FRIDAY FODDER: Difficult decisions await coach Carter | NevadaAppeal.com

FRIDAY FODDER: Difficult decisions await coach Carter

Joe Santoro
For the Nevada Appeal

Sports fodder for a Friday morning … Nevada Wolf Pack men’s basketball coach David Carter has some difficult decisions to make when this season ends. Has he put together a young team with the potential to be great someday? Or is it simply a young team that, at best, can be good but not great? Good can win a Western Athletic Conference title. Is that enough? Great, on the other hand, gets you to the Sweet 16 and beyond. Is there greatness on this team ready to come forth? Or is this team merely a collection of complementary parts in search of that one special piece? That’s what Carter needs to figure out before this program heads into two or three more years of mediocrity.

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This Pack basketball team has been in desperate search for a floor leader all season long. We’re not talking about an older player that everyone likes off the court. You don’t, after all, win games off the court. We’re talking about a guy who leads on the court. He doesn’t even have to say much. But he’s the guy who demands the ball down the stretch and puts his teammates on his back night after night. Right now this team does not have that. There is no Kirk Snyder, Nick Fazekas or Luke Babbitt. That’s what you need to be great.

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This is an important weekend for the Wolf Pack baseball team. The first six games on the road (all losses) were a disaster. And now UNLV comes to Peccole Park starting on Friday for three games. The Pack cannot afford to be 0-9 on Sunday night. But this series is even more important than their record after nine games. It’s about laying the foundation for future success. UNLV, with new coach Tim Chambers and former Pack assistant coach Stan Stolte, is building something special down south. Their goal is to dominate recruiting in this state, especially in southern Nevada. The Pack has gotten a lot of solid talent from the Las Vegas area in recent years as UNLV has struggled. That pipeline might dry up if UNLV’s program takes off.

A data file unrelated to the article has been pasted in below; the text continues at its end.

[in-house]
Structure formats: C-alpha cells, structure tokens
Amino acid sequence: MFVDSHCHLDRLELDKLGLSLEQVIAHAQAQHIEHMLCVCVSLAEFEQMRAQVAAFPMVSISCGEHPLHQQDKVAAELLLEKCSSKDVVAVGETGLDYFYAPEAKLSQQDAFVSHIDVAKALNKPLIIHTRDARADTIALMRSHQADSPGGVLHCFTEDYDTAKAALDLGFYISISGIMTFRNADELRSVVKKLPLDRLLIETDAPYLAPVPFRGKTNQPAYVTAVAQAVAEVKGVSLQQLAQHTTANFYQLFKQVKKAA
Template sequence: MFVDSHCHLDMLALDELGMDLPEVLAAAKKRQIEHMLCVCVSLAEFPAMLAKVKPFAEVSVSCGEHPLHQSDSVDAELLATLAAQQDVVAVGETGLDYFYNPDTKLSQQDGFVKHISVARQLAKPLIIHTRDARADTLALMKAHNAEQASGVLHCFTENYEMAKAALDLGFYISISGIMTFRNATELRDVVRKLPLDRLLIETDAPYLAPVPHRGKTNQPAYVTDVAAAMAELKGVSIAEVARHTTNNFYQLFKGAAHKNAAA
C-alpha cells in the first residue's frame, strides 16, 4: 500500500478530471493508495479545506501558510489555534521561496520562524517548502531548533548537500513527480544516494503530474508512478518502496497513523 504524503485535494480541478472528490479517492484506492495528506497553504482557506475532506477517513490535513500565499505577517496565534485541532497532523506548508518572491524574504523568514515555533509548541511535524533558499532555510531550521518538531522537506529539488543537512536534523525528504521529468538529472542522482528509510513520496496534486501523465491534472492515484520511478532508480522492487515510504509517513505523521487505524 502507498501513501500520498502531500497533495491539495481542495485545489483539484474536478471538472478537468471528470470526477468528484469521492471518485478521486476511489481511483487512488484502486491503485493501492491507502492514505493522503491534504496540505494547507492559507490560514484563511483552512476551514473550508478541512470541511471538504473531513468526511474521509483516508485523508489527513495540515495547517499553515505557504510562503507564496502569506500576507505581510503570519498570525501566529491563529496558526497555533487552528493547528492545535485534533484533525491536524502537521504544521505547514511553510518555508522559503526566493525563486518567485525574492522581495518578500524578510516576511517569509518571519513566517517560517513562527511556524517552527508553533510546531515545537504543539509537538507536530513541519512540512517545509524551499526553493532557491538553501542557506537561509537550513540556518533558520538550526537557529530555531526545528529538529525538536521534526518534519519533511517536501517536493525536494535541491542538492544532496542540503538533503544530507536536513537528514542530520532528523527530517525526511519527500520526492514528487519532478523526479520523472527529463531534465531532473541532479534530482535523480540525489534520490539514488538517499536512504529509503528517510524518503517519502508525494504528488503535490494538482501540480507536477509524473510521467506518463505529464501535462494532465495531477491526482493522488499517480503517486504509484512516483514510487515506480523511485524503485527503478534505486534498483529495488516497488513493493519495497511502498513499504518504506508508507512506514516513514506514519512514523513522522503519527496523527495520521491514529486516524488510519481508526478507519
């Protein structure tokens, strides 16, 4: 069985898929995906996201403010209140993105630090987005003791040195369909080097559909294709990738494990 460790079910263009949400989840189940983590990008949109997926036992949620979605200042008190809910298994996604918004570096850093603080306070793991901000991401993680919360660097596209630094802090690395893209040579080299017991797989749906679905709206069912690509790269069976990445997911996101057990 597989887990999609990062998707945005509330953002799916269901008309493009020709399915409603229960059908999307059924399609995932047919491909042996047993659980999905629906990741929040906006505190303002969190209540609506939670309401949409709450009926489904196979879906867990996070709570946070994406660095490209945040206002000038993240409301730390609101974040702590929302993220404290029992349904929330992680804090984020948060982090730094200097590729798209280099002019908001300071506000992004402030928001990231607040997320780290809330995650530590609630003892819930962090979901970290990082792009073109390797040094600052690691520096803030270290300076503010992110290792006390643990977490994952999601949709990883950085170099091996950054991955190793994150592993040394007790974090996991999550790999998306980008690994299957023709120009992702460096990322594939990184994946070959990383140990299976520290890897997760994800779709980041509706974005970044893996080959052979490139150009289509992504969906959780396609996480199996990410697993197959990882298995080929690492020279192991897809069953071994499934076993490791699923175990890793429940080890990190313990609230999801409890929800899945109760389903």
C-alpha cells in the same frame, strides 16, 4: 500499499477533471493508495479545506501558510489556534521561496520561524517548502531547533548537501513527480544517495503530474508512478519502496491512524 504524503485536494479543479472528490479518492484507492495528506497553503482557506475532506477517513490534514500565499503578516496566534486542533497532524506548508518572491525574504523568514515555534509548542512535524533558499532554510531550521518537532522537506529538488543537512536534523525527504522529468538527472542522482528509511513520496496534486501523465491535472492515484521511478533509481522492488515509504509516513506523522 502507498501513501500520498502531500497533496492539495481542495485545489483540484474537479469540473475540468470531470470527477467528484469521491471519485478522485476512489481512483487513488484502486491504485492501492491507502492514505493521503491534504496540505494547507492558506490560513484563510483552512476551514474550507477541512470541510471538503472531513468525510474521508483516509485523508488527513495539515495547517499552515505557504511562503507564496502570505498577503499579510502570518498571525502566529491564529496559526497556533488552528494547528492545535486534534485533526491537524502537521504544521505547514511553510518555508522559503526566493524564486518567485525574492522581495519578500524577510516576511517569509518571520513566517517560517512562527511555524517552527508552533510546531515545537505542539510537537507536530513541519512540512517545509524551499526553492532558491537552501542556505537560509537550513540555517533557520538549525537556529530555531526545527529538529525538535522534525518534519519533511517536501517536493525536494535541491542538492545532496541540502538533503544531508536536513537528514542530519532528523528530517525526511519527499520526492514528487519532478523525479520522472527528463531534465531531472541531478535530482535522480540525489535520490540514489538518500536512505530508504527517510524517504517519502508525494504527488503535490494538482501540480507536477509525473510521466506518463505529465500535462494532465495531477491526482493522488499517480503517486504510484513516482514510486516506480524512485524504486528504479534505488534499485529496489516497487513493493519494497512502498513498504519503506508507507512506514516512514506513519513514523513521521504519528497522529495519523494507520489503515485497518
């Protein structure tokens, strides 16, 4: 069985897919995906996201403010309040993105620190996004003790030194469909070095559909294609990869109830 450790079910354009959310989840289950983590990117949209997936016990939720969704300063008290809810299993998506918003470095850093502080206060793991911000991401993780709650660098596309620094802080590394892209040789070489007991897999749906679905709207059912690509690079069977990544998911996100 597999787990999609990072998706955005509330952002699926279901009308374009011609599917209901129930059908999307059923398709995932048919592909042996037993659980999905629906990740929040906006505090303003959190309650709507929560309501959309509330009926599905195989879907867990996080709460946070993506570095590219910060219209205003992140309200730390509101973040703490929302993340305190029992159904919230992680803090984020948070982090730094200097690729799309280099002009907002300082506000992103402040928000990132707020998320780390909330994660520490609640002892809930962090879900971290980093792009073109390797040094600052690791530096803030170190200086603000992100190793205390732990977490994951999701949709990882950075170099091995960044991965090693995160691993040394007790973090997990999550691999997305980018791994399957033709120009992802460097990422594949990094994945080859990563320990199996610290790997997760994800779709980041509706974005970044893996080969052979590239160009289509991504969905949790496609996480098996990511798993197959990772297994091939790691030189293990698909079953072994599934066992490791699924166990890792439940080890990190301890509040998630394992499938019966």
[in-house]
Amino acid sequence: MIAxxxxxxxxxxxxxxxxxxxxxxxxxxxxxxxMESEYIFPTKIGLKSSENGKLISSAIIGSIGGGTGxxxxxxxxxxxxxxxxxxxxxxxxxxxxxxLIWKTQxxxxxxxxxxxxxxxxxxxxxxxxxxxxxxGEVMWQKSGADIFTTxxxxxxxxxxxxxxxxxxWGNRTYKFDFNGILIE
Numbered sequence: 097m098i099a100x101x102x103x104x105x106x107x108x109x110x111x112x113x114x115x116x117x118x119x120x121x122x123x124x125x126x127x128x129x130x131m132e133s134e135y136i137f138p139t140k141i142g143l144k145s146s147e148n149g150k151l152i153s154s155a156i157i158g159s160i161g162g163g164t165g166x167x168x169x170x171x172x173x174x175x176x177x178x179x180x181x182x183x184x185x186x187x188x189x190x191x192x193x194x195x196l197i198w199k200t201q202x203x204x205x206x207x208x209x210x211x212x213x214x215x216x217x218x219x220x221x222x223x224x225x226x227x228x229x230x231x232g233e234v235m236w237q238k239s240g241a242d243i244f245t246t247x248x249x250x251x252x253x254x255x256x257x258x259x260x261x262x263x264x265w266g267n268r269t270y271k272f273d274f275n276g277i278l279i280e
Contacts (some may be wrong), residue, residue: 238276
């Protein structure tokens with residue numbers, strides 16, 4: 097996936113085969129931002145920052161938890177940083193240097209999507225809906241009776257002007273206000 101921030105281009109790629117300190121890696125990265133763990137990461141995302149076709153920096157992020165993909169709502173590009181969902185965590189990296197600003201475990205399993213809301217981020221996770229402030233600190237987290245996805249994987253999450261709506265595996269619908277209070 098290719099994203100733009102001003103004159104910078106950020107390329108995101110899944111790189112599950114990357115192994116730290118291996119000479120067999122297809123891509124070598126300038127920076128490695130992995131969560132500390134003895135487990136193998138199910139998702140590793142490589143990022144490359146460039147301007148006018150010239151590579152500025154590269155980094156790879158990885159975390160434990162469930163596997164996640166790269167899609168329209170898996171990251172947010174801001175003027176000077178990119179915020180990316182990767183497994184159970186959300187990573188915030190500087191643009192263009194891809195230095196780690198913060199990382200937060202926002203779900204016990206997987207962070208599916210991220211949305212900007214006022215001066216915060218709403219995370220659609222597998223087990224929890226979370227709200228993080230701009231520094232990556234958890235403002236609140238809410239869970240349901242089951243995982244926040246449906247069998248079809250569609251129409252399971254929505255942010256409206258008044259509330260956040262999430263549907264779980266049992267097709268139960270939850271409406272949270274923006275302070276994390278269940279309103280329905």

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College baseball is on thin ice everywhere now. With the fragile current economic climate in college sports, especially at public universities, baseball programs can’t take anything for granted anymore. If the Cal Bears can drop baseball, after all, any university can drop baseball. Dropping baseball, though, would be a serious mistake for Nevada. The baseball program is part of the heart and soul of the Wolf Pack athletic department. It has a loyal following with a deep tradition. The Pack baseball team almost always has a higher percentage of Nevada athletes on its roster compared to football and men’s basketball. Pack baseball is Nevada. Let’s hope this athletic department never even thinks of dropping it.

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The Wolf Pack football program stole the show at the NFL’s Indianapolis combine. Defensive end Dontay Moch and  tight end Virgil Green opened up eyes all over the league. Both of them looked like a video game come to life. There is little doubt now that both Moch and Green will be drafted somewhere between the second and fifth rounds. The same for quarterback Colin Kaepernick. Running back Vai Taua also did well at Indianapolis and remains a borderline draftable player. We just have one question. With all of that amazing talent on the roster, why did it take them four years to go 13-1?

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How much does the Indy combine mean to NFL organizations? Well, we’re going to find out in this year’s draft. Moch and Green were amazing in Indy. If the NFL truly values all of the testing and numbers they uncovered in Indianapolis, there’s no way Moch or Green will last past the third round. But the thing to keep in mind about the combine is that all it does is uncover the best athletes. It doesn’t necessarily reveal the best football players. Last time I checked, you never see NFL players running 40-yard dashes or sprinting around orange cones in their sleek Under Armour suits during a game.

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The San Francisco Giants would like nothing better than for some team to take Barry Zito’s contract off their hands this year. The Giants, after all, won the World Series last year without Zito. Getting rid of Zito, though, might be a huge mistake. You never have enough starting pitching. Just ask the St. Louis Cardinals. Injuries happen, especially in the season following a long postseason run. The Giants should keep Zito until at least the trading deadline in July.